Great tips and info. We’ve checked our car seat numerous times with no problems – except for the fact that we paid baggage fees and no one corrected our error. I’ve since learned, however, that most airlines will let you check infant gear like car seats for free, yet another reason to bring the seat rather than rent it from a car rental agency. More on that (and a link to the helpful info in this post) here: http://hintmama.com/2013/12/30/todays-hint-instead-of-renting-a-car-seat-check-it-for-free-on-your-next-flight/
What was their controlled crash Claire? Like an on-land or aborted take-off kind of thing? Or up high and crashing in to the ground? Arguably the biggest difference in survival and injury reduction is going to come when comparing emergency stops and the runway crash or aborted take-off kind of things. Get high enough in the air and fall fast enough and far enough and you’re kind of out of luck.
That being said, I’m not terribly surprised given all the hard surfaces and the lap-only belts in them. I imagine even in a minor crash that can cause issues – but it’s better than no belt at all.
They recently did an airplane crash test to see how people suffered injuries in a controlled crash. The results were alarming.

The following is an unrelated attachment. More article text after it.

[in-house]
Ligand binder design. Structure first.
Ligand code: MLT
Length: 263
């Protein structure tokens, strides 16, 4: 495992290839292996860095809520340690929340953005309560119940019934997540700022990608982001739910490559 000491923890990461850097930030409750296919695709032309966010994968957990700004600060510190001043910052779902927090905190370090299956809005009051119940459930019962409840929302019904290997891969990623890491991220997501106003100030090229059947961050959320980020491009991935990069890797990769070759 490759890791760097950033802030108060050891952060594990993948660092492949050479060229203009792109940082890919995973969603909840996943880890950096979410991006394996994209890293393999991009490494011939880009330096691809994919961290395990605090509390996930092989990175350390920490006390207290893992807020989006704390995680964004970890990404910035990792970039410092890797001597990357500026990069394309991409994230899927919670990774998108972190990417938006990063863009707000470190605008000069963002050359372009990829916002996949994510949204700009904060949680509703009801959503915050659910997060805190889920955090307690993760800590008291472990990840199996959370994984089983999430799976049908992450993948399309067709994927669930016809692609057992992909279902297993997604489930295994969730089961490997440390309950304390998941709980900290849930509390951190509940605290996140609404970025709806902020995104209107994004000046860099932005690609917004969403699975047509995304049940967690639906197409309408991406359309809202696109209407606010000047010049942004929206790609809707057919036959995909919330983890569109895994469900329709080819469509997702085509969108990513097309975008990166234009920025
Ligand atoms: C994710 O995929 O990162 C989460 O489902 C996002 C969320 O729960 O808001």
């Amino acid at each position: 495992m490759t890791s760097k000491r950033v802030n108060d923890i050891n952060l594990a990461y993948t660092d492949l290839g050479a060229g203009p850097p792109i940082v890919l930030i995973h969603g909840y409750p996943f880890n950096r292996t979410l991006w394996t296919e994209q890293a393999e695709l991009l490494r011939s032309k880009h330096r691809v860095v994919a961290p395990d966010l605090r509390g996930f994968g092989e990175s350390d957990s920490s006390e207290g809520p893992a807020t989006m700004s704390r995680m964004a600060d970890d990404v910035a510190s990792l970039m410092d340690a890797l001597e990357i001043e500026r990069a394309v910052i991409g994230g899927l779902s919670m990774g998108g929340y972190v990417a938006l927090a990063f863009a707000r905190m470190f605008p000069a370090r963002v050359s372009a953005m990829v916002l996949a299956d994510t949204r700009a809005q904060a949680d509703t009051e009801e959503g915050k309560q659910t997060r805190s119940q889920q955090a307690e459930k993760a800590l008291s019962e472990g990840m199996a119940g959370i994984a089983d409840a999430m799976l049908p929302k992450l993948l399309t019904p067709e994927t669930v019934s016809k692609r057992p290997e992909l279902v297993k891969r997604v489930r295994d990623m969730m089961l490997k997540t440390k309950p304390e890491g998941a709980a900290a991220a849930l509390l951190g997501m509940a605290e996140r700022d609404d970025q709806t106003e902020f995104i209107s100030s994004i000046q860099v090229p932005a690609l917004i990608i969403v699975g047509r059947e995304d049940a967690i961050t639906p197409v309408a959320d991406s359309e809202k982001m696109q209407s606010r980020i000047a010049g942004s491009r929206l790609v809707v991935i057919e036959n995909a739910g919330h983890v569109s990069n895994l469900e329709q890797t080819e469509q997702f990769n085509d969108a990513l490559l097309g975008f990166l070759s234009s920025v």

In regards to not being able to see if a seat has hidden damage, I’ve seen pictures of a seat that was damaged due to being checked and the damage is unmistakable. I actually do believe that a carefully inspected seat – assuming the parent was knowledgeable enough to remove the cover and check for broken foam and discoloration in the plastic, would determine if the seat was still safe or not.
That being said, I don’t think any of these comments were intended to make someone feel bad about their own personal choices. I also don’t buy that 1 child’s ticket is the difference between no vacation and a vacation when all of the other expenses of travel are factored in… Kids don’t stay under 2 forever and family vacations are more common as kids get older. But that is kind of besides the point… I just don’t see any need for defensiveness.
Thank you for posting this well-balanced article that shows the various points of view. May we all learn to respect each others’ opinions on the matter, regardless of what choices we make for ourselves and our children.
Personally, I would always take a car seat on the plane for a child who has a plane ticket. If I cannot afford a ticket for an infant, I am OK with gate checking if the flight is full, but I accept the risks involved. I have gate checked an infant seat twice (and a stroller) and in that situation they were handled quite well. In fact, I left my cell phone in the stroller and it fell out (on the Tarmac, I think) and a flight attendant returned it to me!!! I would not, however, check any piece of equipment I couldn’t afford to replace, and I would have a backup plan (know where the nearest Walmart is and how to get a seat to the airport!!) in case the seat turns up missing or destroyed. I’m not under the illusion that nothing bad can happen to a gate-checked item.